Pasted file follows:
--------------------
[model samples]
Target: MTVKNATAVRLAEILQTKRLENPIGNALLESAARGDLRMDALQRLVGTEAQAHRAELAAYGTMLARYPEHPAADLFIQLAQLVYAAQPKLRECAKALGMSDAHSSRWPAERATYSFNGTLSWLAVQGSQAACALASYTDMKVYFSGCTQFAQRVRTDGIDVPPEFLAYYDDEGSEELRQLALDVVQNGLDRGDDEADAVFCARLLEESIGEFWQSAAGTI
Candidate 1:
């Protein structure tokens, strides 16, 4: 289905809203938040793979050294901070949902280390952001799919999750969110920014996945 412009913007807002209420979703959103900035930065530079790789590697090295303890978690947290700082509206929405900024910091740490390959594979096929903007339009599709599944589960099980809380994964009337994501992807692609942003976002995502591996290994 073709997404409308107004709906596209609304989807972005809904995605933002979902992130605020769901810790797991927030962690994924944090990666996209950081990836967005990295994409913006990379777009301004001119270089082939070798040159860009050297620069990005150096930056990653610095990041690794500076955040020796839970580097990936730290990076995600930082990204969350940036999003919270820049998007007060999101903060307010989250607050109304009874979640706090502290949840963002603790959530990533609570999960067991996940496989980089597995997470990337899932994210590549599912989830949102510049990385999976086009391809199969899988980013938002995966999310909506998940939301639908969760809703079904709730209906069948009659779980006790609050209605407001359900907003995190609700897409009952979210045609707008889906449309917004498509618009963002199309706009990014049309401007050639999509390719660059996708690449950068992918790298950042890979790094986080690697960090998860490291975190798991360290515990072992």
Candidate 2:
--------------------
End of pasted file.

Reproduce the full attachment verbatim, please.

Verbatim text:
[model samples]
Target: MTVKNATAVRLAEILQTKRLENPIGNALLESAARGDLRMDALQRLVGTEAQAHRAELAAYGTMLARYPEHPAADLFIQLAQLVYAAQPKLRECAKALGMSDAHSSRWPAERATYSFNGTLSWLAVQGSQAACALASYTDMKVYFSGCTQFAQRVRTDGIDVPPEFLAYYDDEGSEELRQLALDVVQNGLDRGDDEADAVFCARLLEESIGEFWQSAAGTI
Candidate 1:
């Protein structure tokens, strides 16, 4: 289905809203938040793979050294901070949902280390952001799919999750969110920014996945 412009913007807002209420979703959103900035930065530079790789590697090295303890978690947290700082509206929405900024910091740490390959594979096929903007339009599709599944589960099980809380994964009337994501992807692609942003976002995502591996290994 073709997404409308107004709906596209609304989807972005809904995605933002979902992130605020769901810790797991927030962690994924944090990666996209950081990836967005990295994409913006990379777009301004001119270089082939070798040159860009050297620069990005150096930056990653610095990041690794500076955040020796839970580097990936730290990076995600930082990204969350940036999003919270820049998007007060999101903060307010989250607050109304009874979640706090502290949840963002603790959530990533609570999960067991996940496989980089597995997470990337899932994210590549599912989830949102510049990385999976086009391809199969899988980013938002995966999310909506998940939301639908969760809703079904709730209906069948009659779980006790609050209605407001359900907003995190609700897409009952979210045609707008889906449309917004498509618009963002199309706009990014049309401007050639999509390719660059996708690449950068992918790298950042890979790094986080690697960090998860490291975190798991360290515990072992």
Candidate 2: